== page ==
# intersections of two functions, division by zero

we're supposed to write a small program that calculates the intersections of $a(x-1)-by=0$ and $x^2+4y^2=3$. So far that's not such a big deal. I successfully calculate both points for all $b \ne 0$ (since $0=(4\frac{a^2}{b^2}+1)x^2-8\frac{a^2}{b^2}x+4\frac{a^2}{b^2}-3$). But we're also supposed to give the intersection(s) for $b=0$, which is what I have no idea of.

Thanks for any help :)

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So, is this a question about mathematics, or about programming? – Gerry Myerson Sep 18 '12 at 1:24
if $b=0$, then $a(x-1)=0$ from the 1st equation. Hence, $x=1$ no matter what $a$ is. Then, the 2nd eq becomes $4y^2=2$ from where you get $y=\pm \sqrt{\frac{1}{2}}$. – Cristian Sep 18 '12 at 1:29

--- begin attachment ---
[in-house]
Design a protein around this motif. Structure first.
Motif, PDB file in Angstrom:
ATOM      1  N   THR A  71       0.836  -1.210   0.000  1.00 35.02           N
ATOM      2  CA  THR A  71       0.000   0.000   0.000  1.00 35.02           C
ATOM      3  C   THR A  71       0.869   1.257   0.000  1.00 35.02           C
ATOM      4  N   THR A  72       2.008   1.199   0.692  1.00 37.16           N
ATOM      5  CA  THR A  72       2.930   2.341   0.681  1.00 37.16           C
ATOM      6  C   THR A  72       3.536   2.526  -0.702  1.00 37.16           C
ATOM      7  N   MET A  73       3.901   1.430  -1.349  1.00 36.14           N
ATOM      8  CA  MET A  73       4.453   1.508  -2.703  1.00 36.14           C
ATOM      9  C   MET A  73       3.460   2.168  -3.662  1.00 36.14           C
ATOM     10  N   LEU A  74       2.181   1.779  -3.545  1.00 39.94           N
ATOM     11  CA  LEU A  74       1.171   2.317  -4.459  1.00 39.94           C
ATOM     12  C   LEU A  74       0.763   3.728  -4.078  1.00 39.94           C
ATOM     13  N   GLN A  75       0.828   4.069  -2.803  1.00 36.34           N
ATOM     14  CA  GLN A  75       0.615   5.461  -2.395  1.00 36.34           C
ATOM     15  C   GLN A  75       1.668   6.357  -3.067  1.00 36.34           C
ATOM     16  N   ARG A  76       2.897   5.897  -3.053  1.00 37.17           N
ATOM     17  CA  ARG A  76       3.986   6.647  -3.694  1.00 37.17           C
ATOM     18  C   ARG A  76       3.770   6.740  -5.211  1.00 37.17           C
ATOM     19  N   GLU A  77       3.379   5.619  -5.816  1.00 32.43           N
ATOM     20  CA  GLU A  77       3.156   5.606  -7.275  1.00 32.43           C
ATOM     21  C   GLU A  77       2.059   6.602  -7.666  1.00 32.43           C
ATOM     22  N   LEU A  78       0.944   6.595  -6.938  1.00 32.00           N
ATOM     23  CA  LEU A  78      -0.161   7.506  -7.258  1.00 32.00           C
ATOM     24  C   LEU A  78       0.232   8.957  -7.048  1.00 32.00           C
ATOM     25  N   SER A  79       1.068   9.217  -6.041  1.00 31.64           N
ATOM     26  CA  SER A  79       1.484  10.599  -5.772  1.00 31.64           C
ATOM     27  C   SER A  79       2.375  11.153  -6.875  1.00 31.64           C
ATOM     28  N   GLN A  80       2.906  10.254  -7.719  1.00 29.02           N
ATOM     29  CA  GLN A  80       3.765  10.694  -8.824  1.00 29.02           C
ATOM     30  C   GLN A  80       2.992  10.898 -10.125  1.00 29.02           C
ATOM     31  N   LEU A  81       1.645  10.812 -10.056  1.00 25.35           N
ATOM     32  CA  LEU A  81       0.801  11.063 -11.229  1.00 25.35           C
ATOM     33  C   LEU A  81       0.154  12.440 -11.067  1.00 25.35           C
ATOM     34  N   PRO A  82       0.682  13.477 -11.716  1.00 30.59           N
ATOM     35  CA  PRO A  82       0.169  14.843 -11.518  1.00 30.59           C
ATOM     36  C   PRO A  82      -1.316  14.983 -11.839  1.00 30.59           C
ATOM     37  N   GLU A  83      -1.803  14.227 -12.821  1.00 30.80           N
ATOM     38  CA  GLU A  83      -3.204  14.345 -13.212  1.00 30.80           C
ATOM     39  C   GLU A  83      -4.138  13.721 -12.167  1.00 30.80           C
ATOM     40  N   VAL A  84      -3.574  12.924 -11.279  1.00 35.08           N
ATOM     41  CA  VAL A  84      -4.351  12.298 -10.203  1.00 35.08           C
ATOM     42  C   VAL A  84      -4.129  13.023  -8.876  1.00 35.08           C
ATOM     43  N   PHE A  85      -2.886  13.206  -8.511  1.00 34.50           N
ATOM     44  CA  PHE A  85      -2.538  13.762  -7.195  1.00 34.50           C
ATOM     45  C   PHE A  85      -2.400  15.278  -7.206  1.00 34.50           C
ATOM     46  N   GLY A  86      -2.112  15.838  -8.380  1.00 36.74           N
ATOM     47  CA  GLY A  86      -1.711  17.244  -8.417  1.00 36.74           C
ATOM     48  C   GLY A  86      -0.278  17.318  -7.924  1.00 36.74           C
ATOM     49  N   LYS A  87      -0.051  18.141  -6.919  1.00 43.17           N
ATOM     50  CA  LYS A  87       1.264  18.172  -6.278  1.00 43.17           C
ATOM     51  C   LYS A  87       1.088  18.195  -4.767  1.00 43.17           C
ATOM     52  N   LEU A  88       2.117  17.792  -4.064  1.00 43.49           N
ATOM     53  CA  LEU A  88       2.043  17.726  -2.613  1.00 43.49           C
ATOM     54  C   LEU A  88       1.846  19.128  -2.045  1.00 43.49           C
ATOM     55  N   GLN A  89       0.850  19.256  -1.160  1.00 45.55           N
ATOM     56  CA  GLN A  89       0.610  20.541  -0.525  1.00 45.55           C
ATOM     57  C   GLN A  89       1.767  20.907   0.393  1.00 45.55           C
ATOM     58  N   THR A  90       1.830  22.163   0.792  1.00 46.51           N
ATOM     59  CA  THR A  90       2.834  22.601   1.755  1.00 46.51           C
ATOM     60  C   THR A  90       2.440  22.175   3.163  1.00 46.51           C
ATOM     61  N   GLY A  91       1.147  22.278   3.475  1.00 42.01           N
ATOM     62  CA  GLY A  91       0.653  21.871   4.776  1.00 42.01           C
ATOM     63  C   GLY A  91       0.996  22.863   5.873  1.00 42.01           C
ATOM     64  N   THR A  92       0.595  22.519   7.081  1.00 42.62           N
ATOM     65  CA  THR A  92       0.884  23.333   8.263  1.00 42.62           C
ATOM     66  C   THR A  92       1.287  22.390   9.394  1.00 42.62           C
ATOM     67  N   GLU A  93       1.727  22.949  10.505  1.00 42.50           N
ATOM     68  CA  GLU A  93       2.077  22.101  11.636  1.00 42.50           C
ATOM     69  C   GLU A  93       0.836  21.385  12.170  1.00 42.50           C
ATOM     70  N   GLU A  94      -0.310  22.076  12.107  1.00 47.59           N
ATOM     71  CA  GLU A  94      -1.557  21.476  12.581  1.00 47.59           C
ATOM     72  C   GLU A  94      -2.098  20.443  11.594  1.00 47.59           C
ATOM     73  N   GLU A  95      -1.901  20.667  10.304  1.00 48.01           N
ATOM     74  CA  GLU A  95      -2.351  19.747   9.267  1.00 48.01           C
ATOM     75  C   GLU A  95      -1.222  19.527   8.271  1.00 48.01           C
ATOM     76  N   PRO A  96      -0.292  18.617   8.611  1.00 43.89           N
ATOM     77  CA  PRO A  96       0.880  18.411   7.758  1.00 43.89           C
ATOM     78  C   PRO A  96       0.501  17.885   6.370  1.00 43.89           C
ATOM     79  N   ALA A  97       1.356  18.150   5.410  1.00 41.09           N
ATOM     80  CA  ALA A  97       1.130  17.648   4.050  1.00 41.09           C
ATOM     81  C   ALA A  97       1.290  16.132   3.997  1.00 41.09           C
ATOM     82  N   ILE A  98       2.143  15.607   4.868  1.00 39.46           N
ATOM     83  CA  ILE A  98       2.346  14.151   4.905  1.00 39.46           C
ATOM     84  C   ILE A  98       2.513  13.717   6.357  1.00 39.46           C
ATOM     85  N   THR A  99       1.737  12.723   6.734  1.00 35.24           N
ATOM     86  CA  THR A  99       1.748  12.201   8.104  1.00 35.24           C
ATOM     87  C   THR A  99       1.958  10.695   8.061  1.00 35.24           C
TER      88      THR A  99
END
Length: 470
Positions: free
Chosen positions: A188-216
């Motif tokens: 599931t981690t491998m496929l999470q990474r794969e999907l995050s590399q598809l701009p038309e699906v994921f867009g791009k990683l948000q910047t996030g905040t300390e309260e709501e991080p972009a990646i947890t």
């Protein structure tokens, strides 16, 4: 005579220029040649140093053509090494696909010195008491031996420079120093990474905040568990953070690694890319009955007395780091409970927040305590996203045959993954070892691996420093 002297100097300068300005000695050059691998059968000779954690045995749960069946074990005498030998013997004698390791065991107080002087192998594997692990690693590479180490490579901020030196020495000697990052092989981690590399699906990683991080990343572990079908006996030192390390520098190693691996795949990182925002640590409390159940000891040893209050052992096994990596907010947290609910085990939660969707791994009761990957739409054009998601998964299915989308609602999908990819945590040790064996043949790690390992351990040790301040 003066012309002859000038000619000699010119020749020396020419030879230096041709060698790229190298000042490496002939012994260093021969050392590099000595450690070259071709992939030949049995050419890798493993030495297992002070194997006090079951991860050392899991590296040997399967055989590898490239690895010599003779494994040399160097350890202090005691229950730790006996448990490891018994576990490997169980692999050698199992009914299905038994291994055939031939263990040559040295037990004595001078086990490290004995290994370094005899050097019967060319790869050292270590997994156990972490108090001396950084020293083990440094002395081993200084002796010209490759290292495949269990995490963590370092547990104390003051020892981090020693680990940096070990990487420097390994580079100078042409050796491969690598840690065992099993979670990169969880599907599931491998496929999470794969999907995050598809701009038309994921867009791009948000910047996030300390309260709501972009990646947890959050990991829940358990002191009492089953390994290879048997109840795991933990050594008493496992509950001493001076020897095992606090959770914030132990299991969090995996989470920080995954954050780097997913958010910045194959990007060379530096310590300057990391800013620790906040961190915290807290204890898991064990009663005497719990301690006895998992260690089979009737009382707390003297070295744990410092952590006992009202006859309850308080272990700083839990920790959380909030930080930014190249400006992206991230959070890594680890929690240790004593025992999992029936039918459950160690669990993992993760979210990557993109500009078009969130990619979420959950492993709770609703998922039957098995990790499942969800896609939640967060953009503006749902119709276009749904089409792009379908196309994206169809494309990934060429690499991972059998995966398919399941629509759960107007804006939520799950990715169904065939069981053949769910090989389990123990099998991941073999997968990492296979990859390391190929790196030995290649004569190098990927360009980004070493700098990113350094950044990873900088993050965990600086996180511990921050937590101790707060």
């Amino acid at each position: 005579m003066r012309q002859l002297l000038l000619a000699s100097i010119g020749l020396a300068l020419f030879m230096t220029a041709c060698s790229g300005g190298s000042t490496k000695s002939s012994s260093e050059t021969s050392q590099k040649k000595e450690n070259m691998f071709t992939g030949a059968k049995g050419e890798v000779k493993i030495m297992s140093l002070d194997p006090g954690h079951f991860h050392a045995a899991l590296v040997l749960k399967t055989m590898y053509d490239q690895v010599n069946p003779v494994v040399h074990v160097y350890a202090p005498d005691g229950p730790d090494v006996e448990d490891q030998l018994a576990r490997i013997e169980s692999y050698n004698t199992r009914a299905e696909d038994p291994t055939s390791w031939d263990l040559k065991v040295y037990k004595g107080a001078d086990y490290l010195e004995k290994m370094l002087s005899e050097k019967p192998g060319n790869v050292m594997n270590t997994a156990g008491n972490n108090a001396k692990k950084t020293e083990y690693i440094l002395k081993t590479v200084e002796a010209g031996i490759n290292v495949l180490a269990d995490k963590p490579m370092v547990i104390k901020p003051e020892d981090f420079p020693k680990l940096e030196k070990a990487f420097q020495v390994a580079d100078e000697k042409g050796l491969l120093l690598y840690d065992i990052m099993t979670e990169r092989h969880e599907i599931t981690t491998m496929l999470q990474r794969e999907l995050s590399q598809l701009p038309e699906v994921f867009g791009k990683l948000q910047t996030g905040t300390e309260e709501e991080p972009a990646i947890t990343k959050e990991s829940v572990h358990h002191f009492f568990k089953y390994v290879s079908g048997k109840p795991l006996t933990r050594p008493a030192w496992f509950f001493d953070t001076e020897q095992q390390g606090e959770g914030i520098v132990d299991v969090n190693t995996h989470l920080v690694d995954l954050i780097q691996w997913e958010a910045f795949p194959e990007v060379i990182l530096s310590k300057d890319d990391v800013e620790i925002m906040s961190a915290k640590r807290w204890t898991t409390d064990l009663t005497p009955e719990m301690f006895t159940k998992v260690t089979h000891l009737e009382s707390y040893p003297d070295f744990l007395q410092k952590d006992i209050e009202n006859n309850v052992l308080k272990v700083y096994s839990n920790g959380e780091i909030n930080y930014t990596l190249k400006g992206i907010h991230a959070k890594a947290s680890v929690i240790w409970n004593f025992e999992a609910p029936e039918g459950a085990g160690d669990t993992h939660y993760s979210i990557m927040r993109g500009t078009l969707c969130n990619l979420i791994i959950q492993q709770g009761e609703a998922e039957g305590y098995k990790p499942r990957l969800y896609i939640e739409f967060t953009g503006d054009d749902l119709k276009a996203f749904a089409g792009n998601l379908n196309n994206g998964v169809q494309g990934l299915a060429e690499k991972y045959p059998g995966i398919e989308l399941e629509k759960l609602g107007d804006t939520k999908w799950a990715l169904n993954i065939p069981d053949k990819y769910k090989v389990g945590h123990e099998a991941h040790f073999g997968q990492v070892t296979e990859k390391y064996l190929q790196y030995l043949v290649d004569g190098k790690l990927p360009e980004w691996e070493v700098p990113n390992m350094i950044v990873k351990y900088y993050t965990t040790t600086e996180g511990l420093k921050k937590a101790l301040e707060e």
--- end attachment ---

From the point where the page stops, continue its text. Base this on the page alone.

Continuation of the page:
@GerryMyerson Mathematics ;) – foaly Sep 18 '12 at 1:37
@Cristian thanks... thats just too straight-forward ! @_@ – foaly Sep 18 '12 at 1:38

Suppose $a\neq 0$. If $b=0$, then $a(x−1)=0$ from the 1st equation. Hence, $x=1$ no matter what $a$ is. Then, the 2nd eq becomes $4y^2=2$ from where you get $y=\pm \sqrt{\frac{1}{2}}$.
If $a=0$ and $b=0$, then $a(x-1)-by=0$ for all $x\in \mathbb{R}$. In particular, it is true for $x=y$. Then, you get $y=x=\pm \sqrt{\frac{3}{5}}$.
@foaly. If $a$ and $b$ are both zero, your first equation could be satisfied by any $(x,y)$, so the intersection would then be any $(x,y)$ that satisfies $x^2+4y^2=3$. – Rick Decker Sep 18 '12 at 1:44
@foaly it is true for any $x$ and $y$, so it must be true for $y=x$. – Cristian Sep 18 '12 at 1:57